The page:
2. Coconut (Cocos nucifera L.: Arecaceae): in health promotion and disease prevention. DebMandal, M., Mandal, S. Department of Physiology and Biophysics, KPC Medical College and Hospital, Jadavpur, Kolkata, India. Asian Pacific Journal of Tropical Medicine 2011;4(3): 241-7.
  3. Macadamia nut consumption modulates favourably risk factors for coronary artery disease in hypercholesterolemic subjects. Garg, M.L., Blake, R.J., Wills, R.B., et al. Nutraceuticals Research Group, School of Biomedical Sciences, Faculty of Health, University of Newcastle, Callaghan, NSW, Australia. Lipids 2007;42(6):583-7.
  4. Pecans lower low-density lipoprotein cholesterol in people with normal lipid levels. Morgan, W.A., Clayshulte, B.J. Department of Family and Consumer Sciences, New Mexico State University, Las Cruces. Journal of the American Dietetic Association 2000;100(3):312-18.
  5. Effect of pistachio diet on lipid parameters, endothelial function, inflammation, and oxidative status: a prospective study. Sari, I., Baltaci, Y., Bagci, C., et al. Cardiology Deparment, Gaziantep University, School of Medicine, Gaziantep, Turkey. Nutrition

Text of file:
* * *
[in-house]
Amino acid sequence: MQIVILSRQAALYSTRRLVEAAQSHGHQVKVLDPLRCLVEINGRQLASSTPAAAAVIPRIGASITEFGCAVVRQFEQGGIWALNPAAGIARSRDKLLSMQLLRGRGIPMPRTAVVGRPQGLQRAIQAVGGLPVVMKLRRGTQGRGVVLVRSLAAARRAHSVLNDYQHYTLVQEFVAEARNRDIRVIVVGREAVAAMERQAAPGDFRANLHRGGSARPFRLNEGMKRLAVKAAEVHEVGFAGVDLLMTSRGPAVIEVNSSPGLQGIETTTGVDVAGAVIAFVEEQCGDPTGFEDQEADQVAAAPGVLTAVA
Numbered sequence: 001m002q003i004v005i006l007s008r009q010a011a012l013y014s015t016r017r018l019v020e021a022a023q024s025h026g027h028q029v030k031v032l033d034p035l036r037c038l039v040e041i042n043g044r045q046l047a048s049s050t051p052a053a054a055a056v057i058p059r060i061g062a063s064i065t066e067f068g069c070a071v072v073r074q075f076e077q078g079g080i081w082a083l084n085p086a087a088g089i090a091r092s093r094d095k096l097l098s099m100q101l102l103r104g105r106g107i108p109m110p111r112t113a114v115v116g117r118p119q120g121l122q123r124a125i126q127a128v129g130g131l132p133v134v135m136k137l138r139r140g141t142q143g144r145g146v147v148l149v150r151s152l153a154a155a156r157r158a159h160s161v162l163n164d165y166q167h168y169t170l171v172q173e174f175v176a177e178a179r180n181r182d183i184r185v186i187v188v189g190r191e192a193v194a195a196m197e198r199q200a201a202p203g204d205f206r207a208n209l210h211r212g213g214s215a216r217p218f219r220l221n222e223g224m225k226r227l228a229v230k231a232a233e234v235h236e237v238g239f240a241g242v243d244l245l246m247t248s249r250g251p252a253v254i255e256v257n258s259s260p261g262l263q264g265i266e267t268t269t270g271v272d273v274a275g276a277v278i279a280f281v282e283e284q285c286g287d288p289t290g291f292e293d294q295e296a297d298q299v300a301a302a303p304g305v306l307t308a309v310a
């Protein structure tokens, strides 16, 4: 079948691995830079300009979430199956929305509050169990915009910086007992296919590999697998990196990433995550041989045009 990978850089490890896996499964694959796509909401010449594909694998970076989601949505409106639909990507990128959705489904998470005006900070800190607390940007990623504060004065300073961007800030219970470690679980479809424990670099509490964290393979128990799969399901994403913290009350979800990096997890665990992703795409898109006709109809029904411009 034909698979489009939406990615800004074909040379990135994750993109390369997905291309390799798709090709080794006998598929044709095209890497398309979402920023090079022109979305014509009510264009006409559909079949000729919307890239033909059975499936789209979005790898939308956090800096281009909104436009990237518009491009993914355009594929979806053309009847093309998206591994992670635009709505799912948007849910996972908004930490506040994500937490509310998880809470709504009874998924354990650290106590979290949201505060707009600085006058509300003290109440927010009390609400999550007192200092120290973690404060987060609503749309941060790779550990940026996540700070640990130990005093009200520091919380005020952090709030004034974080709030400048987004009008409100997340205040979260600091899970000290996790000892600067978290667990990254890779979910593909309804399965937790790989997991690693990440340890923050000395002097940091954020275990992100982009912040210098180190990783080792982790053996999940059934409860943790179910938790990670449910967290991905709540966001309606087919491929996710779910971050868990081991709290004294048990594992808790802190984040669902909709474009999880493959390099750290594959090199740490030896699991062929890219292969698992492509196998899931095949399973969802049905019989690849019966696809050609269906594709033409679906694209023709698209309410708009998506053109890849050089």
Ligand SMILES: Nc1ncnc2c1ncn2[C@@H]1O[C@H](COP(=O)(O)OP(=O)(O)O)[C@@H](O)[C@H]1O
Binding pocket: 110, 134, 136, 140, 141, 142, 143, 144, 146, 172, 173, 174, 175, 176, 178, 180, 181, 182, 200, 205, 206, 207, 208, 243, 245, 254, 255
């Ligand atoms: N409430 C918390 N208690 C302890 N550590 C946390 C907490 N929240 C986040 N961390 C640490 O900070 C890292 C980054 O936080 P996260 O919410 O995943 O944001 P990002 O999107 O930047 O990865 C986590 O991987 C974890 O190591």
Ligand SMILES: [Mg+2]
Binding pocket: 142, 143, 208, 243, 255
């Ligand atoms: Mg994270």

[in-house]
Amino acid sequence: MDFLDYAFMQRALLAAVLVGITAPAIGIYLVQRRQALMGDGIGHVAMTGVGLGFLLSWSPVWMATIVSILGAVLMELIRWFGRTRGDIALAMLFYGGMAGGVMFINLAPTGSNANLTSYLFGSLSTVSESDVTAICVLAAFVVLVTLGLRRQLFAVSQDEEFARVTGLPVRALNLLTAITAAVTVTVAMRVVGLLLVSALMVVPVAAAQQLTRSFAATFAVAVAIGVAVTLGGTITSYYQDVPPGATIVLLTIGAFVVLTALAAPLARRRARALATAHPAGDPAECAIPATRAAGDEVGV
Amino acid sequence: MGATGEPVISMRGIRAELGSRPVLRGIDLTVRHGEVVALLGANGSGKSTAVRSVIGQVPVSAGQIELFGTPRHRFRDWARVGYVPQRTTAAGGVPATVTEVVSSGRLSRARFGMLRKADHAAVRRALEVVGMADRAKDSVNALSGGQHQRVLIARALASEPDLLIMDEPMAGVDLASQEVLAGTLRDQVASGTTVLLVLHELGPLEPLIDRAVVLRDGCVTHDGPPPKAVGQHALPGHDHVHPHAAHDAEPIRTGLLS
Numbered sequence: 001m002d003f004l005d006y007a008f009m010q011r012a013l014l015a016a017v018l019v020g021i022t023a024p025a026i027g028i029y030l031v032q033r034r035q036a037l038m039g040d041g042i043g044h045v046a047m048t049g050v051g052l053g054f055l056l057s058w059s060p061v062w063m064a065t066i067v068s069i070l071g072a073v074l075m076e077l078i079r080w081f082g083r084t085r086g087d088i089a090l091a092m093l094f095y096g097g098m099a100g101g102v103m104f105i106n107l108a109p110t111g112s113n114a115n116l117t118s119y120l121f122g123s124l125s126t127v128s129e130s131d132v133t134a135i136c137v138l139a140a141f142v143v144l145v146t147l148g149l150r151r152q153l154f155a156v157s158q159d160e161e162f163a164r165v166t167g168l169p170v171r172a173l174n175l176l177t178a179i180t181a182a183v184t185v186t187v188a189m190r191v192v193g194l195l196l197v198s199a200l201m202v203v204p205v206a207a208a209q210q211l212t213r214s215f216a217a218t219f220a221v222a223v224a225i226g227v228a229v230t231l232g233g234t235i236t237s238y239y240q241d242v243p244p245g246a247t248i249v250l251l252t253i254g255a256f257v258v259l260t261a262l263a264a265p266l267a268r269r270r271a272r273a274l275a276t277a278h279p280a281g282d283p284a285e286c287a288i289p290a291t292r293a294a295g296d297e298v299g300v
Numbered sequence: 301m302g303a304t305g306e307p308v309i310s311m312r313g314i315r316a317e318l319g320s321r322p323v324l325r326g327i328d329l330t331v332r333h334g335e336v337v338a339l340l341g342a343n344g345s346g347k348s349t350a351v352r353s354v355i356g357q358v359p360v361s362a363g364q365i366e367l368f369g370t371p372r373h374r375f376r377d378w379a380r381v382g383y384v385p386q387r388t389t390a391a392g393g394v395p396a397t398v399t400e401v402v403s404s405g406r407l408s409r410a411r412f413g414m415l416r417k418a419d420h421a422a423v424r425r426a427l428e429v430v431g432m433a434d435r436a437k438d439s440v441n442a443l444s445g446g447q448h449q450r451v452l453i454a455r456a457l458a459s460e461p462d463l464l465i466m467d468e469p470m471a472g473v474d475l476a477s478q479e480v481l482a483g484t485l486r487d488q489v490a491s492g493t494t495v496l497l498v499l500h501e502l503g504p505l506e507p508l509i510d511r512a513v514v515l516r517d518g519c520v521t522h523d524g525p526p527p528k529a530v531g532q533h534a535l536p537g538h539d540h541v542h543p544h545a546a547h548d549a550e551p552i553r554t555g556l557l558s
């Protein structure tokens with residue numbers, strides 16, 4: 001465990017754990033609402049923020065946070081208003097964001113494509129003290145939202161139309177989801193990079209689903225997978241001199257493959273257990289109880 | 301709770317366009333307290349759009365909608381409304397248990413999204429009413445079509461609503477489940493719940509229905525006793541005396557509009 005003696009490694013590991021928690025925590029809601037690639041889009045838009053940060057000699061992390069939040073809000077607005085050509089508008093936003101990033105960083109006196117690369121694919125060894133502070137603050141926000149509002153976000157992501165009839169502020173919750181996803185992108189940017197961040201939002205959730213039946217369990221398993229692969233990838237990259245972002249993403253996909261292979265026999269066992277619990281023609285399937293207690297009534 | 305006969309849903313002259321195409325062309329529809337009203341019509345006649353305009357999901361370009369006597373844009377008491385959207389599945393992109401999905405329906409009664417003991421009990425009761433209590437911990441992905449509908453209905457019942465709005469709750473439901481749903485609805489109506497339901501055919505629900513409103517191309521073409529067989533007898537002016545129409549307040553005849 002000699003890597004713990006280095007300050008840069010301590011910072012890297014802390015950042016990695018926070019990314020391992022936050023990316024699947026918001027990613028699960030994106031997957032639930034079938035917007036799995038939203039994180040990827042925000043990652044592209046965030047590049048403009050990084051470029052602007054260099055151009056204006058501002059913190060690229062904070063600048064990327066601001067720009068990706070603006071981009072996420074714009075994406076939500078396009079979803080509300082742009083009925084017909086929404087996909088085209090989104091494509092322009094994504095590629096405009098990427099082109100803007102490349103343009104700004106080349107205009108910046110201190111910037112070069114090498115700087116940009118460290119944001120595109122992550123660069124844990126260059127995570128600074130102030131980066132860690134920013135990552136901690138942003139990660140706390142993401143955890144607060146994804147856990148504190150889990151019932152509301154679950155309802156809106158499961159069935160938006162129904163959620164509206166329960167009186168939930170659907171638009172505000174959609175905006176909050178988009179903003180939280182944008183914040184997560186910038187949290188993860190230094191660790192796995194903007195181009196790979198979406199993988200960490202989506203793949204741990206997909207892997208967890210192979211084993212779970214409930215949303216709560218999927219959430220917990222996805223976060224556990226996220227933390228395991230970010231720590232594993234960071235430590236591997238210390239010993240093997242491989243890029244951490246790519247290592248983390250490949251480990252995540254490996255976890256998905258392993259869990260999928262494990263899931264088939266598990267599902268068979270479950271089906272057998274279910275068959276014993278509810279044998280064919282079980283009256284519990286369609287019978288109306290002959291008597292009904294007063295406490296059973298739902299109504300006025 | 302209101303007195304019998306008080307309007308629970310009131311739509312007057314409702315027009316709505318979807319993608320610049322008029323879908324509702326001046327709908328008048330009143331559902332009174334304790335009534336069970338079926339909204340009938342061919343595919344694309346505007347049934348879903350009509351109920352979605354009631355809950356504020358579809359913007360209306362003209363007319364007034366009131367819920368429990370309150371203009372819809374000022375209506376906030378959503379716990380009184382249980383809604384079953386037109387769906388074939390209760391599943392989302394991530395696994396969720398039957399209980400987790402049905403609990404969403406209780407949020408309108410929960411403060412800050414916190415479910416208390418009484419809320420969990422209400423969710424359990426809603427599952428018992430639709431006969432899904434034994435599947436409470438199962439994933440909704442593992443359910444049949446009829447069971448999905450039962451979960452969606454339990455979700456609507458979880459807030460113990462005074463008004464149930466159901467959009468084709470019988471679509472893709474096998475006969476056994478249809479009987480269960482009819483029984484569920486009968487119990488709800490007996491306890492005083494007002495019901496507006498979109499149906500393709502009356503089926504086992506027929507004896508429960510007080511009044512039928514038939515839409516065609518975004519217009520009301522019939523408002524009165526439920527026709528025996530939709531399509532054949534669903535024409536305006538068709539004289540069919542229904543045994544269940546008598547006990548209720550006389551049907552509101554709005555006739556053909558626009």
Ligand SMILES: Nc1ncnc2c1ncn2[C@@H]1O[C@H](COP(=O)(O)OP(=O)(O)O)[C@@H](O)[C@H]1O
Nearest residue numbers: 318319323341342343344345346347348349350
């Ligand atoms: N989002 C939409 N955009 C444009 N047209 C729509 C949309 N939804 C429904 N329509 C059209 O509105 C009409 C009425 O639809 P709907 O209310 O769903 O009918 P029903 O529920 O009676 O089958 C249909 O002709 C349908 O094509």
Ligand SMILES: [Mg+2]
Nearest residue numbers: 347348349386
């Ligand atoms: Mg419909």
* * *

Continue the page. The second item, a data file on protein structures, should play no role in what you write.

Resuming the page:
6. Pistachio nuts reduce triglycerides and body weight by comparison to refined carbohydrate snack in obese subjects on a 12-week weight loss program. Li, Z., Song, R., Nguyen, C., et al. Center for Human Nutrition, Los Angeles, CA. Journal of the American College of Nutrition. 2010 Jun: 29(3): 198-203.
  7. Hydro-ethanolic extract of cashew tree (Anacardium occidentale) nut and its principal compound, anacardic acid, stimulate glucose uptake in C2C12 muscle cells. Tedong, L., Madiraju, P., Martineau, L.C., et al. Natural Health Products and Metabolic Diseases Laboratory, Department of Pharmacology and Montreal Diabetes Research Center, Université de Montréal, Montréal, Québec, Canada. Molecular Nutrition and Food Research 2010;54(12):1753-62.
  8. Nutritional value of sesame seeds. Martinchik, A.N. Voprosy Pitaniia 2011;80(3):41-3.
  9. Effects of dietary sesame seeds on plasma tocopherol levels. Cooney, R.V., Custer, L.J., Okinaka, L., et al. University of Hawaii Cancer Research Center, Honolulu, HI. Nutrition and cancer 2011;39(1):66-71.